Article from Motley Fool that I actually agree with:
"Although Intel earns a higher gross profit margin than TSMC, by the time it reaches the bottom line, Intel is about 42% less profitable than TSMC. Clearly, designing and manufacturing chips doesn't come cheap. As a result, the market has given TSMC a valuation more or less in line with the S&P 500 and has discounted Intel by about 35%. As investments, TSMC and Intel differ greatly in scope."
The fabless semiconductor ecosystem exists for a reason, the traditional semiconductor companies moved too slow and did NOT innovate, simple as that. If you think that is going to change, if you bet against the fabless semiconductor ecosystem (TSMC, ARM, QCO, etc....) you will lose.
Is it possible for you guys to have a rational, civil discussion here? How about you Wallis? Without personal attacks? Why spend time here if that is all you are going to do? Attack anyone that does not agree with you. Seems like a colossal waste of time. Do you think attacking people here gives you credibility?
The expectation is that there will be 3 companies with ADVANCED fabs.
Others may eventually get to the advanced nodes as they can identify the $5b to $10b funding for the fab. There are companies who could fund a $10b effort. A company who needed vendor control and had a pile of cash (Apple?) might buy a foundry. Very unlikely but would cause all the analysts to change some cells in their spread sheets.
I thought the fabless ecosystem existed because the cost of the "next fab" became too expensive for them to individually afford. The "too slow and did NOT innovate" was as simple as their "tiny wallet" wasn't it?
"Well then, soon enough everyone will be fabless. Who will be left with the fab? Intel."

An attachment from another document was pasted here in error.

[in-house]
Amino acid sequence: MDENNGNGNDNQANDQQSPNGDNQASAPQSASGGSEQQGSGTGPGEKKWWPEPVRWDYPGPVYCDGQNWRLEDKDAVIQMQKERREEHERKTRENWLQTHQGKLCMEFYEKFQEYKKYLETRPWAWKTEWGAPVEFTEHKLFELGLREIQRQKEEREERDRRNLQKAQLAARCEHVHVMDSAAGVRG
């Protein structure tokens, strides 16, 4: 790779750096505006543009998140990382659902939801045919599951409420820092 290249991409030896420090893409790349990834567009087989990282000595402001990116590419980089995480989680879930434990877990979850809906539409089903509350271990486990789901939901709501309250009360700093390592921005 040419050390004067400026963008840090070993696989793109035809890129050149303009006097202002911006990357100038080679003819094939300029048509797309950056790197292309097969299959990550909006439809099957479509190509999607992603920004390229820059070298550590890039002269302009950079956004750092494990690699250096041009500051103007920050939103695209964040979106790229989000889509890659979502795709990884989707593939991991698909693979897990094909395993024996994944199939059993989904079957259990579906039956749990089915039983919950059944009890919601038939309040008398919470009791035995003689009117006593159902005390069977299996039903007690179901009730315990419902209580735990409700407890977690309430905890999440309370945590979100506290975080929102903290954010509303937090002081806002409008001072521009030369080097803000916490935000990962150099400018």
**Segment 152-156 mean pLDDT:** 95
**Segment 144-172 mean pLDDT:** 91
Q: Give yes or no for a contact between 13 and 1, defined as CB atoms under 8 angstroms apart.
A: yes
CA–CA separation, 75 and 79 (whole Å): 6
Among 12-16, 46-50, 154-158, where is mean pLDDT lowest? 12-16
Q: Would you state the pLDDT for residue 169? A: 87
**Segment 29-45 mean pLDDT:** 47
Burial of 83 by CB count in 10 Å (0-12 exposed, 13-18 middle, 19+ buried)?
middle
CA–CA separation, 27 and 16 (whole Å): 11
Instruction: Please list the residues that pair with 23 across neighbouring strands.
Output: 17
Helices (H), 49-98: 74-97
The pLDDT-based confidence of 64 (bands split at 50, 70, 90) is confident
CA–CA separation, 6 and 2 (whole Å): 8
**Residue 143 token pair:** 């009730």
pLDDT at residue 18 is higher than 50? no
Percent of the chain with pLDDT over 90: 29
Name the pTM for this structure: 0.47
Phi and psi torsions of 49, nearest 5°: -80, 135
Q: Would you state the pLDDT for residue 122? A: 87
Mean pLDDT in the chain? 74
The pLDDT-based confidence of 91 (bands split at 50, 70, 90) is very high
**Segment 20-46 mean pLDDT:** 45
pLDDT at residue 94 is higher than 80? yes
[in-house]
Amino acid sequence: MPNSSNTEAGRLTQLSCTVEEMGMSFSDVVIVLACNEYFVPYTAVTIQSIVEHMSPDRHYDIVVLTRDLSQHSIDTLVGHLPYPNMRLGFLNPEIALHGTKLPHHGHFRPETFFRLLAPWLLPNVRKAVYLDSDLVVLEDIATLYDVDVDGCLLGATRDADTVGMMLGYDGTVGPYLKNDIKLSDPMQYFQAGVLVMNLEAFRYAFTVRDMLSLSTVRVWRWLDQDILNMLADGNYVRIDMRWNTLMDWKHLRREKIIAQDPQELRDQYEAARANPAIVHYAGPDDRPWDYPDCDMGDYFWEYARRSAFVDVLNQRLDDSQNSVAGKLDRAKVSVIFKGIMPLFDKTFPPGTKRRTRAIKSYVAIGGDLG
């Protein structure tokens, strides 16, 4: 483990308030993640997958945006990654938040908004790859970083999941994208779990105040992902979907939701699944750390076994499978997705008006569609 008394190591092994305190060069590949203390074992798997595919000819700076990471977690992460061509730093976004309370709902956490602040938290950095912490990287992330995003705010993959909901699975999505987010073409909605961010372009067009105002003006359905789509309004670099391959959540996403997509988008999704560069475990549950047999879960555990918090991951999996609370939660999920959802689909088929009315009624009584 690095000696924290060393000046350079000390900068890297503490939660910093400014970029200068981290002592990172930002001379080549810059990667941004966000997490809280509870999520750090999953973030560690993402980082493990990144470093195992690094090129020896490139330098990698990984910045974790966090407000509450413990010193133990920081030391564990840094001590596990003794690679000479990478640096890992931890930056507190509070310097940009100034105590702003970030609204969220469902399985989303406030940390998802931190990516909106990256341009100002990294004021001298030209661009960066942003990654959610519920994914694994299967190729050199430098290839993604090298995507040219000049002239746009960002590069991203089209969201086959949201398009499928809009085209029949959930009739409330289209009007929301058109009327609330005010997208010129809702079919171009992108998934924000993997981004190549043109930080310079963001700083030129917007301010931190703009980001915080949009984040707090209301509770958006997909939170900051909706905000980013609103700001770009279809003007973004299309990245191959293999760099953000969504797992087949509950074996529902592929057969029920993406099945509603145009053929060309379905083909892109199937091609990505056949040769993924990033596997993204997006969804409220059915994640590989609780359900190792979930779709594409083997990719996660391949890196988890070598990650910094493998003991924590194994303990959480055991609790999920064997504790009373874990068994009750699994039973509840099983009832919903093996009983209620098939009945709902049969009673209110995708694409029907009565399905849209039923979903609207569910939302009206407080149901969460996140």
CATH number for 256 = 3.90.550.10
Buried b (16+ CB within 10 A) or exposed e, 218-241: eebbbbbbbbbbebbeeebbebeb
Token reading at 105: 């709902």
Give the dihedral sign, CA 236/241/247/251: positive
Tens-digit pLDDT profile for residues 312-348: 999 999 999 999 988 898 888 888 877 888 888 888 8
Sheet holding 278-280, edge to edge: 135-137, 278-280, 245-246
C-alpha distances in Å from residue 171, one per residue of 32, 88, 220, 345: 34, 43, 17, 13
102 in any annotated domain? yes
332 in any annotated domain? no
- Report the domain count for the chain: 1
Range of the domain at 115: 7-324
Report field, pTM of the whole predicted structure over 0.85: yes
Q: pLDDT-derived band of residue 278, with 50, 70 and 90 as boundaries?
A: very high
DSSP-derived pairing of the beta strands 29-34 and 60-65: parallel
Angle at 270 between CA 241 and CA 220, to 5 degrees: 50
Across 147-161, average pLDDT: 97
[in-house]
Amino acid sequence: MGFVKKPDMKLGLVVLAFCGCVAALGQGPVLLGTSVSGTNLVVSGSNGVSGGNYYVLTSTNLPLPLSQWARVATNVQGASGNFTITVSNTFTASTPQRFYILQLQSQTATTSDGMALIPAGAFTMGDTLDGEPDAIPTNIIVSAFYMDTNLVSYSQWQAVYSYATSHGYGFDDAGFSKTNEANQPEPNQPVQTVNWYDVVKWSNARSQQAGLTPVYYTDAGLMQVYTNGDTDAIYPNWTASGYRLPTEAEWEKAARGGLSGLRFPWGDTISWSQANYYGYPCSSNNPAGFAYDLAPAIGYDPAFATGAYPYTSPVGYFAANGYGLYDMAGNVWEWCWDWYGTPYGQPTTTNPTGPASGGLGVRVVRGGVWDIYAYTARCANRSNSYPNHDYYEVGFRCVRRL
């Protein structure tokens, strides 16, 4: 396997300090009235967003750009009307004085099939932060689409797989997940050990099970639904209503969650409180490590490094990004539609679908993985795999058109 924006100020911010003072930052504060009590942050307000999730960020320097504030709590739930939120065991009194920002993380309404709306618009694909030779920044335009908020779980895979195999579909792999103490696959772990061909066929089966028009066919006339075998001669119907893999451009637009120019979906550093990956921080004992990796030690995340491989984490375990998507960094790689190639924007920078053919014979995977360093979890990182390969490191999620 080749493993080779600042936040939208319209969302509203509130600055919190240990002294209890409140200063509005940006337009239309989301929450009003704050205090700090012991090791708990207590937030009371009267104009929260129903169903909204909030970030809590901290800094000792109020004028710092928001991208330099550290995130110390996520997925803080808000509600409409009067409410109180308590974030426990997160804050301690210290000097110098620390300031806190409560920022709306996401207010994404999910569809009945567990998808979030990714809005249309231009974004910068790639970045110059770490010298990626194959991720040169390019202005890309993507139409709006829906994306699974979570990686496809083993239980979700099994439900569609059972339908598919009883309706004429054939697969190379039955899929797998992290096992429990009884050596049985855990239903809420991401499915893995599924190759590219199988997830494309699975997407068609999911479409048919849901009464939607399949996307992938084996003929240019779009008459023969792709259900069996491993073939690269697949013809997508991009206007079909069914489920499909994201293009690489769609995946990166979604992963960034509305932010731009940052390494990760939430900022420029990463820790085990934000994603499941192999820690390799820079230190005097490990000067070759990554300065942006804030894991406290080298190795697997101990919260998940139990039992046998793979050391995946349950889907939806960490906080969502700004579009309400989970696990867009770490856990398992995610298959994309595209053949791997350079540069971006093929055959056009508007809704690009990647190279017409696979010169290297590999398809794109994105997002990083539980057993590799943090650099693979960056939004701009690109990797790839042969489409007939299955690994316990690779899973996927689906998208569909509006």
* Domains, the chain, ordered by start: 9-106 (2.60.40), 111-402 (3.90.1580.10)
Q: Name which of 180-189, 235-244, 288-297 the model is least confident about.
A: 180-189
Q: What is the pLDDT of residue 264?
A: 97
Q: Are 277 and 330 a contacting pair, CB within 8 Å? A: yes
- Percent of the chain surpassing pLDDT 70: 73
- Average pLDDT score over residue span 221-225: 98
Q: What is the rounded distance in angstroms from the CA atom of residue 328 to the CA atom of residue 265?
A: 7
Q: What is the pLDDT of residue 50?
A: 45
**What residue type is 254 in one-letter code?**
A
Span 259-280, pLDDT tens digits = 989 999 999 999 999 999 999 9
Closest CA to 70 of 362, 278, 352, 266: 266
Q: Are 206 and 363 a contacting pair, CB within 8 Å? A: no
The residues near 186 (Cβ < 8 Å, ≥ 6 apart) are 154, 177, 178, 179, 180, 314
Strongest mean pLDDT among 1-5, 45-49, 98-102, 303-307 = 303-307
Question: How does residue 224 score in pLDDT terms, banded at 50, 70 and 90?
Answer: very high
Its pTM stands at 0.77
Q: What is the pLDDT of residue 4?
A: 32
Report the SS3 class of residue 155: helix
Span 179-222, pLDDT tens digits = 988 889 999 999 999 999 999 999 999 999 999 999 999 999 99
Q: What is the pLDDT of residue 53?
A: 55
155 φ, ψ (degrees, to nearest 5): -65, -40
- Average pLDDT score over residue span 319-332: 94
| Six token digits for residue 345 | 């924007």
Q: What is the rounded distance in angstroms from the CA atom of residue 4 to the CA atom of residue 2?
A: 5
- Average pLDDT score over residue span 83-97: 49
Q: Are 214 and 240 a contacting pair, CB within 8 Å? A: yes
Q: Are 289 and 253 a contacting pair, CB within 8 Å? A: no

Don't forget Samsung. They are the real threat for Intel. Maybe Wallis can do one of his famous comparisons like he did with Intel versus ARM. Even though ARM is an IP company and Intel is a semiconductor company.
No, innovative people got tired of working for old school semiconductor companies and spun out on their own. Xilinx was the first. From the article: A Brief History of Field Programmable Devices (FPGAs)
"It is a familiar Silicon Valley story, Xilinx co-founder Ross Freeman wanted to create a blank semiconductor device that could be quickly programmed based on an application’s requirements. Even back then semiconductors cost millions of dollars to design and manufacture so this was not only a cost savings, FPGAs also dramatically reduced time to market for electronic products. Fortunately for us, Ross’s employer Zilog did not share this vision and Xilinx was created in 1984."
"To minimize start-up costs and risk, the Xilinx founders decided to leverage personal relationships with Japan based Seiko Epson Semiconductor Division. Seiko started manufacturing the first FPGAs for Xilinx in 1985 using a very mature 1.2m process. The first Xilinx FPGA was a 1,000 ASIC gate equivalent running at 18MHZ. Xilinx also pioneered second sourcing for the fabless semiconductor market segments using multiple IDMs for manufacturing to keep costs and risks in check. One of the more notable second sources was AMD who’s CEO at that time, Jerry Sanders, made the infamous statement “Real men have fabs!” AMD is now fabless of course."
"So you are saying to go Long or stay Long at ARMH 45 and QCOM 62. Let's see how your recommendation plays out."
I make no stock recommendations. I speak only to the technical side of things. Generally speaking I think articles on Motley Fool and Seeking Alpha are #$%$.
I don't agree. There are many inherent efficiencies and technological advantages in vertical integration (INTC) that the fabless model cannot possibly incorporate. The more the chip is designed intimately around the fab technology and the core level software (including secrity, etc. the better performance and cost advantages accrue.
I work with QCOM and can tell you they are more like a regular semiconductor company than a fabless one. The added advantage is that QCOM works with multiple foundries so they have a much larger knowledge base than a traditional semiconductor company or a fabless company that only uses one foundry.
Also, as one the larger purchasers of IP and EDA tools, every vendor bends over backwards for QCOm with custom IP, tools and flows. These custom tools and flows can then be sold to the rest of the fabless semiconductor companies. If you design a tool or IP for Intel or Samsung it can only be used by Intel or Samsung.
Just my opinion of course.